What I did like was giving such a prominent role to a woman of colour like Ruby; it's just a shame that her development is for nothing in the end. I really like the Cyber Controller from The Tomb of the Cybermen so it was nice seeing the origin of that model. The scene with Ruby discovering the horrifying human experiments was amazingly well done, packing a visceral punch that makes the Cybermen so disturbing. Ultimately though, the negatives greatly outweigh the positives for me in Iceberg.

  • Reply to: Birthright   7 months 2 weeks ago
    Author: Rabukurafuto

    A rough but delightful romp, and truly the moment where Benny at last grows into the character so beloved today. The prose needs some work, what with the sudden changing of character perspectives, but making Benny the main focus was a brilliant move, allowing her character space to develop without the Doctor looming over her. Like Deceit though we get a little obnoxious slut shaming from her, which is interesting considering what her time period is apparently like. I've only experienced a few of Benny's solo adventures before, but if Birthright is any indication then she's got a splendid future ahead of her.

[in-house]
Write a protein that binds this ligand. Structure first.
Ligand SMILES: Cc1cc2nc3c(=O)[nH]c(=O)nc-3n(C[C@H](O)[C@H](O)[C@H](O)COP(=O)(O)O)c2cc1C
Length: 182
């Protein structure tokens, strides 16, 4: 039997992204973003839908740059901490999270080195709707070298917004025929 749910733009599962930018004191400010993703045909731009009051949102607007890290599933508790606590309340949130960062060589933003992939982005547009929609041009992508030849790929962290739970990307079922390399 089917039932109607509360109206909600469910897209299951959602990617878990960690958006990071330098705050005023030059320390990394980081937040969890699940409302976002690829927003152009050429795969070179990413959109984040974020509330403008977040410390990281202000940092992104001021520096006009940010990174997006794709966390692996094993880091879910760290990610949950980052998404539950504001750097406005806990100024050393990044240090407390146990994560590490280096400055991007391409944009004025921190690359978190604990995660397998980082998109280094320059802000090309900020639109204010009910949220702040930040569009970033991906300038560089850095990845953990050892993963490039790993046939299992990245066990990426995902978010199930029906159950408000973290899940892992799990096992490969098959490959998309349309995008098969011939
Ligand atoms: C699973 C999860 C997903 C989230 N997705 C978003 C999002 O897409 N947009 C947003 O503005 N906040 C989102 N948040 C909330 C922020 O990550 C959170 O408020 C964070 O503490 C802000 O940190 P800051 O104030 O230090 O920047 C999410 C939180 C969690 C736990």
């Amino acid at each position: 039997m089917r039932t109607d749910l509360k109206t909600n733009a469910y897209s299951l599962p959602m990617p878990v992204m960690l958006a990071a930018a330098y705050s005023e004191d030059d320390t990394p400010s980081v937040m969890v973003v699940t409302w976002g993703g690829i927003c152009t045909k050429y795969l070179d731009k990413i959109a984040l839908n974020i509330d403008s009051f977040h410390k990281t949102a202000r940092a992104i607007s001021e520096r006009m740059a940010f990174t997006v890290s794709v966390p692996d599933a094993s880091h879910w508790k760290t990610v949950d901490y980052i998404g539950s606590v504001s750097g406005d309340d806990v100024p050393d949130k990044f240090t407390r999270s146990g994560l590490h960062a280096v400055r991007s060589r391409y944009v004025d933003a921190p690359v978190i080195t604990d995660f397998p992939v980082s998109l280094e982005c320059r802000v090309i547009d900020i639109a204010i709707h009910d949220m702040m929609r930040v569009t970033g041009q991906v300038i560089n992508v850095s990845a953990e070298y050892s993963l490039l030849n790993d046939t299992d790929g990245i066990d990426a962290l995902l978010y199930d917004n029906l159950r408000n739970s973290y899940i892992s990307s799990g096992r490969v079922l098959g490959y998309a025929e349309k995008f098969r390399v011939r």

• Reply to: Shadowmind   7 months 3 weeks ago
    Author: Rabukurafuto

    I quite liked Shadowmind, from the Invasion of the Bodysnatchers-style intrigue to the sudden shift into military SF. I loved the scene where the Doctor revealed the duplicates, blowing the lid off their conspiracy, and Ace's dilemma at the end was horrifying. Umbra was a bit of a mess though, feeling almost tacked-on when the evil Shenn faction made strong enough enemies on their own. We get no insight at all into them, and after Umbra's defeat the novel ends very abruptly. I also question the point of Bernice seeing the First Doctor for a moment instead of the Seventh. That never became important to the plot, so why have it? I also found it suffered from too many named characters, much like Lucifer Rising, making it hard to keep track of everyone. On the whole though, I'm glad I read Shadowmind.